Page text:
Germany to boost cooperation with Israel in new anti-terror plan
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Germany to boost cooperation with Israel in new anti-terror plan

Security measures are part of 'historic' refugee package, which takes carrot-and-stick approach to integration

German Vice Chancellor, Economy and Energy Minister Sigmar Gabriel, German Chancellor Angela Merkel and Bavarian state premier and leader of the conservative Christian Social Union (CSU) Horst Seehofer give a press conference on April 14, 2016 at the Chancellery in Berlin. (AFP/ ODD ANDERSEN)
German Vice Chancellor, Economy and Energy Minister Sigmar Gabriel, German Chancellor Angela Merkel and Bavarian state premier and leader of the conservative Christian Social Union (CSU) Horst Seehofer give a press conference on April 14, 2016 at the Chancellery in Berlin. (AFP/ ODD ANDERSEN)

BERLIN, Germany (AFP) — German Chancellor Angela Merkel’s ruling coalition agreed Thursday to give more funding, personnel and powers to security forces to combat terrorism, as part of new plans that also envision increased cooperation with Israel.

The new anti-terror legislation is part of sweeping measures to spur the integration of migrants and refugees in an “historic” first for a country that long resisted embracing immigration.

The significant new security provision would allow federal police to deploy undercover officers for attack prevention as well as criminal prosecution. It would also allow the secret services to step up cooperation with their counterparts from partner states in Europe and NATO as well as the Jewish state.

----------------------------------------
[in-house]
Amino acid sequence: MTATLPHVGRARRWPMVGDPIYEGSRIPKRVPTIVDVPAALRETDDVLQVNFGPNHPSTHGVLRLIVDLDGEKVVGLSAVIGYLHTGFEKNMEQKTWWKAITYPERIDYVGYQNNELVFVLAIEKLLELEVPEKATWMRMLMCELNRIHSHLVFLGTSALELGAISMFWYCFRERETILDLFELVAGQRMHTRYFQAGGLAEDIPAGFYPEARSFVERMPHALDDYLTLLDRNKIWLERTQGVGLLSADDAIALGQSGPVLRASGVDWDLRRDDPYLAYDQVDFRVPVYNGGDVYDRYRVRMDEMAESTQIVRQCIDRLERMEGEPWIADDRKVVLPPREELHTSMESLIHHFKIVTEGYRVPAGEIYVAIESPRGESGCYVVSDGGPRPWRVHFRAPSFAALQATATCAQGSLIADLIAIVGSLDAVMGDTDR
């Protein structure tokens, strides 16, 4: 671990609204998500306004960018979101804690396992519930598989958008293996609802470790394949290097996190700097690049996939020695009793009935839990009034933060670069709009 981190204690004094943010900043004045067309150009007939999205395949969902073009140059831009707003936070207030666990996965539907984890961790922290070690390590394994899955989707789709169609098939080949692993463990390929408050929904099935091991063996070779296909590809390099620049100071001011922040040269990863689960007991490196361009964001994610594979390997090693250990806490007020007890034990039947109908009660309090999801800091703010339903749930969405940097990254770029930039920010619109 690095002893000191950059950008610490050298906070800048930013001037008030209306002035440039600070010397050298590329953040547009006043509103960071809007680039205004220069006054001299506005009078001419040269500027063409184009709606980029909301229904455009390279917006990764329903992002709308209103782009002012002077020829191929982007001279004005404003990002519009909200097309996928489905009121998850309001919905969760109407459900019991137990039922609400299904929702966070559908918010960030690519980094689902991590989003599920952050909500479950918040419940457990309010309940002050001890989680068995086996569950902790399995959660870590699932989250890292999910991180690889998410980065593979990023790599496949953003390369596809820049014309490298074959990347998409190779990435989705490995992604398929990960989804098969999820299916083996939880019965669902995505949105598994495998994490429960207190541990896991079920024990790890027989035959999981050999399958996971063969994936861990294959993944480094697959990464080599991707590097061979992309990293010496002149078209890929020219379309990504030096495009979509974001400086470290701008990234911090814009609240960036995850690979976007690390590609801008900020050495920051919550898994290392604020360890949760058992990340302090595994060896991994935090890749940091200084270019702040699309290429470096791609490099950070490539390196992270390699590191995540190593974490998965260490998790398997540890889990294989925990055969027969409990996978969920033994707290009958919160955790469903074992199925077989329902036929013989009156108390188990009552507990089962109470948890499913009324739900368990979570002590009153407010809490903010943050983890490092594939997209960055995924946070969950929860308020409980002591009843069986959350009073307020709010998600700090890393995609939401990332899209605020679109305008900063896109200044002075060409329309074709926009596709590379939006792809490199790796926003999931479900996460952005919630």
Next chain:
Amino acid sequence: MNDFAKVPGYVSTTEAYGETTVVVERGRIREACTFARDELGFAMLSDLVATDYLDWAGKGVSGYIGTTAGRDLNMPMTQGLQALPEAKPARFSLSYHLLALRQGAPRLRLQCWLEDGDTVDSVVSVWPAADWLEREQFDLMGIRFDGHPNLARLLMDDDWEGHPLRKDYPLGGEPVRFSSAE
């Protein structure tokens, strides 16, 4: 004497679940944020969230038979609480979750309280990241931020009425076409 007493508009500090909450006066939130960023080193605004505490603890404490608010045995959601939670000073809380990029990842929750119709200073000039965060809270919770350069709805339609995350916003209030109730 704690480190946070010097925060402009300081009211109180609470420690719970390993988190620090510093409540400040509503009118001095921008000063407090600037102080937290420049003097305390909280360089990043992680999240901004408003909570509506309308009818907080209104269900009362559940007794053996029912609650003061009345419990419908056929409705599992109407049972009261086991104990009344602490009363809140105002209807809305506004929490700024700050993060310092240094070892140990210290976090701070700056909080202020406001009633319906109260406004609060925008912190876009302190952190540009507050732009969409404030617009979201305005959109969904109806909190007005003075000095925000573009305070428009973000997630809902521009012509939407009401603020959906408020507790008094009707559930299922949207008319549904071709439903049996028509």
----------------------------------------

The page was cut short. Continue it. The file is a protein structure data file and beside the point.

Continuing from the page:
The deal was hammered out in seven hours of late-night talks between Merkel’s conservative Christian Union bloc and the Social Democrats (SPD).

The integration bill would take a carrot-and-stick approach, providing subsidized courses to help newcomers find their way in German life but, in some cases, denying residence permits to those who fail to take up the offer.

Prime Minister Benjamin Netanyahu meets with German chancellor Angela Merkel, in Berlin, Germany, on February 16, 2016. (Amos Ben Gershom/GPO)
Prime Minister Benjamin Netanyahu meets with German chancellor Angela Merkel, in Berlin, Germany, on February 16, 2016. (Amos Ben Gershom/GPO)

Germany took in more than one million asylum seekers in 2015 and Merkel has faced virulent criticism from skeptics, particularly from within her conservative camp, who argue that Europe’s top economy is ill-equipped to cope with the influx.

She told reporters the measures would foster the settlement of those who stay in the country in the long run.

“We know, after hundreds of thousands of refugees arrived in our country, that we are facing a two-pronged challenge: on the one hand controlling the flow of refugees… and of course on the other hand not just registering them but integrating them,” Merkel said.

Refugees who have arrived by train from Salzburg, Austria, wait on a platform at the central station in Munich, Germany, on September 6, 2015. (Photo by Sven Hoppe/dpa via AP)